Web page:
For detection of trace species in liquids or solids a liquid or a solid sample may be evaporated first into a gas medium and then treated as a gas sample. Alternatively, a liquid or solid sample may be heated to a predetermined temperature first to release some of the trace species in a gas medium and then the gas medium containing the trace species may be treated as a gas sample.
A plurality of mixing chambers, arranged in series or in parallel, can be used and a plurality of selection chambers, or particle generator means, arranged in series or in parallel can also be used.
Where advantageous, other detectable species such as clusters, nano-particles, and molecules suspended in a gas may be used instead of uncharged aerosol particles.
If desired, a condensation unit, adapted to increase the size and the mass of the charged aerosol particles or the detectable species may be positioned between the separation chamber and the charged particle detecting and numerically measuring means.
Optionally charge neutralisation or charge removal means may be positioned in flows at the second inlet containing uncharged particles to ensure the neutrality of such flows.
If desired, a differential mobility analyser may serve as separation chamber providing a single output or plurality of outputs according to particle mobility.
Counting particles enables very low concentrations of ionised matter to be quantified on-line, e.g. concentrations as low as 1/cm−3 may be measured reliably. Conventional equipment to count ions in a gas is reliable only down to concentrations of 105/cm−3, thus the present invention is a great improvement over currently used methods and apparatus.
The invention will now be described, by way of example, with reference to the accompanying schematic drawings in which:
The charged aerosol particles entrained in the gas flow discharge through connector (6) into the optical particle counter (7) where the charged aerosol particles are detected and counted. Since the charged aerosol particles have acquired the electric charges following collisions with ions, the number of charged aerosol particles is substantially related to the number of ions in the mixing chamber (2). For unit flow rates, the number of ions in the mixing chamber (2) is proportionate to the number of ions entered the mixing chamber (2) in the sample gas so that the concentration of charged particles is indicative of the concentration of ions in the sample gas.
A correction factor that links the actual concentration of ions with the number concentration of charged particles can be found by means of calibration using mass spectrometry or another suitable techniques.
In an embodiment of the apparatus used in the example below, the mixing chamber (2) was manufactured from brass having the shape of a cylinder of the internal volume of 0.5 litres. All the inlets and connectors were made from brass and copper. The separation chamber (5) was of rectangular cross-section and manufactured from aluminium with copper electrodes (11) insulated and placed inside the chamber. The distance between the electrodes was 5 mm and the voltage was from 1000 to 10,000 Volts DC.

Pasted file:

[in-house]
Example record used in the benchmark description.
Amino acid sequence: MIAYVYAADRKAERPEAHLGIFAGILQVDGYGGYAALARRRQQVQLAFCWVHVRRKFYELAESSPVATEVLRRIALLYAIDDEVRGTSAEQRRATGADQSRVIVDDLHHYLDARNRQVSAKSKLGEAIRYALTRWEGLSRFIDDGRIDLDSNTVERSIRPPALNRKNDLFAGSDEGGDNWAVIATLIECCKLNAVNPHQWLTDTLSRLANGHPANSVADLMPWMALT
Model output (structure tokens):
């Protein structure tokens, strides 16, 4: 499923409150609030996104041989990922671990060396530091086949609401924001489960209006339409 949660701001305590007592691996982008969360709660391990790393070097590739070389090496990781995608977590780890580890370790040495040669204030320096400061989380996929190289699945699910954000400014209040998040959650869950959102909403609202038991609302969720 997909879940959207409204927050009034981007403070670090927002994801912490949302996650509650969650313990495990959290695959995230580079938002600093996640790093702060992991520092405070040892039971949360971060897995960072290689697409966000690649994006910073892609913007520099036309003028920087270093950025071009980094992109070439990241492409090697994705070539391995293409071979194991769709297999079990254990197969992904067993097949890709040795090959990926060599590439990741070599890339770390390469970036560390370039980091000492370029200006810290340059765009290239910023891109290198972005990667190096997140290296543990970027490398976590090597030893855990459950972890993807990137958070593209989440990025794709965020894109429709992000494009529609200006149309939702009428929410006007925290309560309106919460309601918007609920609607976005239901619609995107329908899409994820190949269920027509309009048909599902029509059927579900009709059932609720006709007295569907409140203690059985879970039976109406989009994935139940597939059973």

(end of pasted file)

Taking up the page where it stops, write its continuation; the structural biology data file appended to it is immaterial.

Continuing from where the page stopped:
Thus, after the transfer event the particle acquires the charge and keeps the neutralised ion.
Another way of the charge transfer is presented in
A third way of the charge transfer is shown in
In the Example a commercial optical aerosol particle counter MetOne (Pacific Scientific Instruments) was used to count particles. This optical particle counter enables aerosol particles of the diameter greater than 0.3 μm to be individually counted.
In a test, ions have been formed in the air using 241Am (0.9 μCi) α-particle emitter. Uncharged aerosol particles were generated from glycerol by an aerosol generator based upon gas-to-particle conversion mechanism. The particle number concentration depends upon the flow rate through the aerosol generator and evaporation temperature. The number concentration of glycerol particles was in the range from 109 to 1012/m−3. The flow rate was maintained by a pump and quantified by a rotameter: the range of the flow rate was from 0.2 to 2 litres/min.
The apparatus of
It will be appreciated that an ion mobility selection unit may be attached to the inlet (1) to enable ions of pre-determined mobility to pass into the mixing chamber (2). Thus, the ions with such pre-determined mobility are selected for the detection and measurement.
It will further be appreciated that an ionisation chamber containing means for effecting ionisation of molecules or clusters of interest, for instance UV radiation of about 10 or 11 eV may be attached to the inlet (1) of the mixing chamber. This enables a wide range of species, e.g. molecules, free radicals, clusters, nano-particles, and atoms, to be detected and quantified.
If desired, a condensation unit, adapted to increase the size and the mass of the charged aerosol particles or the detectable species may be positioned between the separation chamber (5) and the charged aerosol particle detector (7)
Where appropriate, charge neutralisation or charge removal means may be positioned in flows at the inlet (3) and (8) containing uncharged aerosol particles to ensure the neutrality of such flows.
If desired, a differential mobility analyser may serve as separation chamber (5) providing a plurality of outputs according to particle mobility.
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|U.S. Classification||250/287, 250/281, 250/282|
|International Classification||H01J41/02, H01J49/04, H01J49/00, G01N27/62, G01N27/64, B01D57/00, H01J49/10, H01J49/02|
|Sep 21, 2011||FPAY||Fee payment|
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|Jun 12, 2014||AS||Assignment|
Owner name: ANCON TECHNOLOGIES LIMITED, UNITED KINGDOM